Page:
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Effective: Summer 2017

Grade Type: Letter Grade, the student may select Pass/No Pass
Not Repeatable.
FHGE: Non-GE Transferable: CSU/UC
4 hours lecture. (48 hours total per quarter)

Student Learning Outcomes -
  • Students will practice and apply understandings of North American indigenous groups' persistent lifestyles, cultural continuities and changes, and current impacts upon national economics, history, popular culture, and political systems.
  • Students will critically analyze and interpret historical data about Native Americans.
  • Students will apply anthropological principles for solving human problems on the local, regional and world scales.
Description -
Survey of Native American societies and cultures, north of Mexico, from a cultural perspective. Includes social organization, economics, technology and belief systems. Historic and current relationship between the federal government and the Native Americans. Contemporary issues of Native American communities.

Course Objectives -
The student will be able to:
  1. demonstrate knowledge and sensitivity for the way of life of Native Americans, both now and prior to European contact, the diversity of Native American culture, technological achievements and adaptations to the diverse environments of North America.
  2. demonstrate an understanding of the social and political problems resulting from culture contact and acculturation and the relationship that exists between the U.S. government and Native Indian societies.
  3. gain a sense of the cultural diversity existing between the tribes and between Native American culture and the U.S. culture while striving to reduce bias and prejudice.
Special Facilities and/or Equipment -

Course Content (Body of knowledge) -
Discussion of the archaeological evidence for origins and migrations of Native Americans. Concepts include:
  1. Culture.
  2. Culture areas of North America.
  3. Cultural Concepts aspects of Native Americans, including:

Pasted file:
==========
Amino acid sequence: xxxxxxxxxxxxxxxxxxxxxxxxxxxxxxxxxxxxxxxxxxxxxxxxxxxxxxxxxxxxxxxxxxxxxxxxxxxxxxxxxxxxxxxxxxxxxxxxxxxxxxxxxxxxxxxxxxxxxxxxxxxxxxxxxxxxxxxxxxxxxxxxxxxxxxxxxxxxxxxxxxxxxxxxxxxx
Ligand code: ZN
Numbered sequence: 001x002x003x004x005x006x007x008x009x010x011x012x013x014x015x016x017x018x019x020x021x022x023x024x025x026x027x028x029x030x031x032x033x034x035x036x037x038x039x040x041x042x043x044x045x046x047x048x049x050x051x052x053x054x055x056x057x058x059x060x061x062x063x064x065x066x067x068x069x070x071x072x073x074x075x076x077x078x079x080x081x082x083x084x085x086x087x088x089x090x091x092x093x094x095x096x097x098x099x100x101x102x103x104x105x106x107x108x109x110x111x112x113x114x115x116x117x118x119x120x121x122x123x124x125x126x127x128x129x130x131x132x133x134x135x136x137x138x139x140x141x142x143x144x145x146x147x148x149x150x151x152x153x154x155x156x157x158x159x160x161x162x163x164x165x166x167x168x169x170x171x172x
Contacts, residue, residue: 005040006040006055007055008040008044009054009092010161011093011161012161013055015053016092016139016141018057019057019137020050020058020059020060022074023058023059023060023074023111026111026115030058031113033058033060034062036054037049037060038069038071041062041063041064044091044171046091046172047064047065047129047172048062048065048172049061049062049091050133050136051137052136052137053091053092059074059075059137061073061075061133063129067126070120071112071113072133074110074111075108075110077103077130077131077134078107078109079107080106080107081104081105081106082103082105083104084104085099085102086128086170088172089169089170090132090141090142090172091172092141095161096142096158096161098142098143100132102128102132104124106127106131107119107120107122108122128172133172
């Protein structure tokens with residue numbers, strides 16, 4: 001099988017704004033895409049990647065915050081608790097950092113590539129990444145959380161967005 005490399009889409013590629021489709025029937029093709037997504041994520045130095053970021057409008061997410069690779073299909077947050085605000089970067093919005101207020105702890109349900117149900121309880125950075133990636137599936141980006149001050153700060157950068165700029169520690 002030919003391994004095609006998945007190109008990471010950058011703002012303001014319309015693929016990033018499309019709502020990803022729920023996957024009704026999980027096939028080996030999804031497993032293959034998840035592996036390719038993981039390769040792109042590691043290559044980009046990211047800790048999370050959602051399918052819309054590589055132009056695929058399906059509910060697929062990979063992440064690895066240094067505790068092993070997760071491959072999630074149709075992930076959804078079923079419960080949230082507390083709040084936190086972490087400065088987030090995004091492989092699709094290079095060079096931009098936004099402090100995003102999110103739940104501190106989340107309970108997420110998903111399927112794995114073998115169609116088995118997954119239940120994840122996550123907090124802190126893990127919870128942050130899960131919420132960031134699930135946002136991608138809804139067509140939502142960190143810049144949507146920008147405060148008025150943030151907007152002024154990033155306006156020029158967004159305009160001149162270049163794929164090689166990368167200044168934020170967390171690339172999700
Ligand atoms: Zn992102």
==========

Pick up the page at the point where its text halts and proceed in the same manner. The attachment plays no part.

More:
1. Social organization.
    2. Belief systems.
      1. Mythology.
      2. Religion.
      3. Value systems.
    3. Economics.
    4. Technology.
    5. Art.
  4. Acculturation and Culture contact.
    1. Culture crisis and shock.
    2. Effects of contact and culture systems.
    3. Incidental vs. forced acculturation.
  5. Relationship with the Federal government.
    1. Peace treaties.
    2. Economic, political, sociological, religious, health and educational problems.
Methods of Evaluation -
Methods of evaluation may include but are not limited to:
  1. Written assignments
    1. Weekly reflections on readings
    2. Term paper on field research and/or secondary source research based on ethnographic sources
    3. In-class writing
  2. Oral presentations
    1. In-class discussion
    2. Group presentations
  3. In-class quizzes and exams
    1. Quizzes
    2. Mid-term exams
    3. Final exam
Representative Text(s) -
Sutton, Mark. An Introduction to Native North America. 4th ed. New York: Routledge, 2012.

Disciplines -
Method of Instruction -
Lecture, Discussion, Oral presentations.
Lab Content -
Not applicable.
Types and/or Examples of Required Reading, Writing and Outside of Class Assignments -
  1. Weekly homework assignments based on readings
  2. Midterm Exam
  3. Final Paper on Native American issues discussed in class
  4. Essay and Objective Final Exam